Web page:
Proton Pump Inhibitors May Increase Heart Attack Risk

Proton pump inhibitor users were found to be 16% more likely to suffer a myocardial infarction than those not taking the drug.
Proton pump inhibitor users were found to be 16% more likely to suffer a myocardial infarction than those not taking the drug.

(HealthDay News) -- For U.S. adults with gastroesophageal reflux disease (GERD), the risk of myocardial infarction (MI) is slightly elevated among those using proton pump inhibitors, according to a review published online in PLOS ONE.

John Cooke, M.D., Ph.D., chair of cardiovascular sciences at the Houston Methodist Research Institute, and colleagues examined over 16 million clinical documents on 2.9 million individuals. The authors sought to assess the association between PPI usage and cardiovascular risk in the general population.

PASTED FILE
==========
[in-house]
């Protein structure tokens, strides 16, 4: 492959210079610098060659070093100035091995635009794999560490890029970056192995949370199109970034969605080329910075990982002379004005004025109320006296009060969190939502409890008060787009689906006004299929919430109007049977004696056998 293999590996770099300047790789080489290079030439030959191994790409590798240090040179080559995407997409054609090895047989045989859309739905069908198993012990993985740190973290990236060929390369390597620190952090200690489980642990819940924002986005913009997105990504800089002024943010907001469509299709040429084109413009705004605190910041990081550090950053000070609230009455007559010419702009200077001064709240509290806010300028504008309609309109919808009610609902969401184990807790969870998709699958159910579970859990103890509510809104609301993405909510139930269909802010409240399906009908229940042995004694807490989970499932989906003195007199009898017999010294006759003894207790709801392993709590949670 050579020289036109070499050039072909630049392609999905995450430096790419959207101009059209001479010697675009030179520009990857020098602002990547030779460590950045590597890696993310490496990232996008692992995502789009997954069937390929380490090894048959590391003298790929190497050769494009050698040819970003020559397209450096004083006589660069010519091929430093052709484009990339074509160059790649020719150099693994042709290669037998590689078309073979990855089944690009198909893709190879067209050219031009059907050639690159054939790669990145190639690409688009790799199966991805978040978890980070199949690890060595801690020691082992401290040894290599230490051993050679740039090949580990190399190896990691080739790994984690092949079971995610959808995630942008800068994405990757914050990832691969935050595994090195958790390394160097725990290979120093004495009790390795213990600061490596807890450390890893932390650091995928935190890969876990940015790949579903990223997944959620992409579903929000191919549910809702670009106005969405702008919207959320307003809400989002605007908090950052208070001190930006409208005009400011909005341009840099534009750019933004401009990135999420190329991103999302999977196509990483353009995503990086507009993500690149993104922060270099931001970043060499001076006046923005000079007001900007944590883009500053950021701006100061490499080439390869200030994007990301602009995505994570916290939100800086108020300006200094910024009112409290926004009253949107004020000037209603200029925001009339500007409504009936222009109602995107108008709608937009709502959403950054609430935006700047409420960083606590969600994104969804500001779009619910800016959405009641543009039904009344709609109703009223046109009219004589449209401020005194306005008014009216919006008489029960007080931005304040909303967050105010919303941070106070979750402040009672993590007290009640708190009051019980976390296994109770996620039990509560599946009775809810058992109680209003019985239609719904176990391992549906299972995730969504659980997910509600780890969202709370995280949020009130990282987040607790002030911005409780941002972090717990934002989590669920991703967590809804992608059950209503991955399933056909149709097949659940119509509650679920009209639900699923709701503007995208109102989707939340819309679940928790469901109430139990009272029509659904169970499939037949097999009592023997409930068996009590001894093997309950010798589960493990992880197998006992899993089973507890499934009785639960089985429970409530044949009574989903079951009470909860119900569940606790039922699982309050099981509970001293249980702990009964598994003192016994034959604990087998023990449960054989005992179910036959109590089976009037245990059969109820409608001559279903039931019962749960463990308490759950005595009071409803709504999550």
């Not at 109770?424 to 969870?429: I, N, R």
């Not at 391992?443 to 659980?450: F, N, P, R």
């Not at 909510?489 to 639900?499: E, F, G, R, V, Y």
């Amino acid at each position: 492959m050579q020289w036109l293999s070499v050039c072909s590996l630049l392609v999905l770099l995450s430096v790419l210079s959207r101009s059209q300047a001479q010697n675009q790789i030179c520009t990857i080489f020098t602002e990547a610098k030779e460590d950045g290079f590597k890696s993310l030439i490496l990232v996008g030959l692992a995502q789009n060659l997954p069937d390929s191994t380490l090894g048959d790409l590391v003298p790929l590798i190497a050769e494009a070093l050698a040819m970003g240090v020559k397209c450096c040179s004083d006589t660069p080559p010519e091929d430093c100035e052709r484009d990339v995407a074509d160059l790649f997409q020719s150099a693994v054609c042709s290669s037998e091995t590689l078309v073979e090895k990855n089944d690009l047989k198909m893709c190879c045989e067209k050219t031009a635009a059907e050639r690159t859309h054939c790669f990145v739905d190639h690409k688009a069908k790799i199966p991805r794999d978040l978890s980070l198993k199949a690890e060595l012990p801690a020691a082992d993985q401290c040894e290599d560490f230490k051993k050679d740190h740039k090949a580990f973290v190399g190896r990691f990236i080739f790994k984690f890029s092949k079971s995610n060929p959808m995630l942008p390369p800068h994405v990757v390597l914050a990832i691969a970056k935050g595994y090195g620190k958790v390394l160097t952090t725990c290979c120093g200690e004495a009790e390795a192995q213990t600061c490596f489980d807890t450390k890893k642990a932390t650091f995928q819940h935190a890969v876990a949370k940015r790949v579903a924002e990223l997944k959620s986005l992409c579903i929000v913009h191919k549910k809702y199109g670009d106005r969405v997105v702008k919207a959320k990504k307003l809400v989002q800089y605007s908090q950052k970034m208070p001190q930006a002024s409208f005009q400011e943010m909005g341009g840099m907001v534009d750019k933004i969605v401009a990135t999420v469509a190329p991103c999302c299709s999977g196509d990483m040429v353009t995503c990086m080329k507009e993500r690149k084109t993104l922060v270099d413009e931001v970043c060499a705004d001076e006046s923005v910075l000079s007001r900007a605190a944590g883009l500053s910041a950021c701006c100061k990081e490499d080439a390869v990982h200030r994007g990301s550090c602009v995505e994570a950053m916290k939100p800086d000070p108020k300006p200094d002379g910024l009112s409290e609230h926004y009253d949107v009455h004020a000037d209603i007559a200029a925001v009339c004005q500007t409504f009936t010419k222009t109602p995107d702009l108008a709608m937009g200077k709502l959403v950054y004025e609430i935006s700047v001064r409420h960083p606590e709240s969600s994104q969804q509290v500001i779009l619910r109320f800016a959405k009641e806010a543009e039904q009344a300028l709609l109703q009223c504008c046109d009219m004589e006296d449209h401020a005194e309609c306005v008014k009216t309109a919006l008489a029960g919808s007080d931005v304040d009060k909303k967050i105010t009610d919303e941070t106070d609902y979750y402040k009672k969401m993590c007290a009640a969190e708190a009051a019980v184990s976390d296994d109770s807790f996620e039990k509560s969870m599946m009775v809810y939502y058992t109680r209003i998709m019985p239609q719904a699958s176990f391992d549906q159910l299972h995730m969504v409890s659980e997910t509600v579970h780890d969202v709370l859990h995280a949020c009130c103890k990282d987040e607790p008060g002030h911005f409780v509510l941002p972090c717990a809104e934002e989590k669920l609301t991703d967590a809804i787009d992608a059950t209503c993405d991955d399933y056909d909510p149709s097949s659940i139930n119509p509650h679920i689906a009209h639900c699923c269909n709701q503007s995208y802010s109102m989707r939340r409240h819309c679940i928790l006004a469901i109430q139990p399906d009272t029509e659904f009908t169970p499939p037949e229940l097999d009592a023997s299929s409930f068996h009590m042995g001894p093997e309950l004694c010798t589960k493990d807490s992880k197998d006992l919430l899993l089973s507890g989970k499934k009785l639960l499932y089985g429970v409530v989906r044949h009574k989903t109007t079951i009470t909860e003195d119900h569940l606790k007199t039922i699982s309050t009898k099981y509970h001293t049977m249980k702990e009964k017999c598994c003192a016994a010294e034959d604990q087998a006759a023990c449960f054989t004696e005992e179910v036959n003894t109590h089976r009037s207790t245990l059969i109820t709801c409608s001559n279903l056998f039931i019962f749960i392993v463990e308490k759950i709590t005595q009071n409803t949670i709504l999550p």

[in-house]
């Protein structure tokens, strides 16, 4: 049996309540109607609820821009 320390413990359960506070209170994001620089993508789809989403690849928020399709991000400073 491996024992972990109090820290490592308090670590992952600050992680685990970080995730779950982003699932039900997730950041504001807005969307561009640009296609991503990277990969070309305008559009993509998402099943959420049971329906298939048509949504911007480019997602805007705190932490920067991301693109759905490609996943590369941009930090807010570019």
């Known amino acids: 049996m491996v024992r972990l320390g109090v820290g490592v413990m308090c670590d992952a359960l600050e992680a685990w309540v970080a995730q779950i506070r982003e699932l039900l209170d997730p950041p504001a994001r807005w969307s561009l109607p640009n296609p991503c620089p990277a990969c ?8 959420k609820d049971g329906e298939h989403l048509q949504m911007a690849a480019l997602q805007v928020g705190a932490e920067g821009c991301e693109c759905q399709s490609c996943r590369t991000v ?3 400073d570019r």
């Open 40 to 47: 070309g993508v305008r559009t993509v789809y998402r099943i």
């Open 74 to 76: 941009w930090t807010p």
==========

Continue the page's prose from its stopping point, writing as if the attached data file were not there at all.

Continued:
Overall, proton pump inhibitor users were found to be 16% more likely to suffer a MI than patients with chronic GERD who were not taking the drugs. H2-blockers were not linked to any increase in MI risk, the study authors noted

Cooke told HealthDay that recent lab research suggests that proton pump inhibitors can interfere with normal blood vessel function -- a potential mechanism by which the drugs could affect MI risk.

Source

  1. Shah, NH, et al. PLOS One; doi: 10.1371/journal.pone.0124653.
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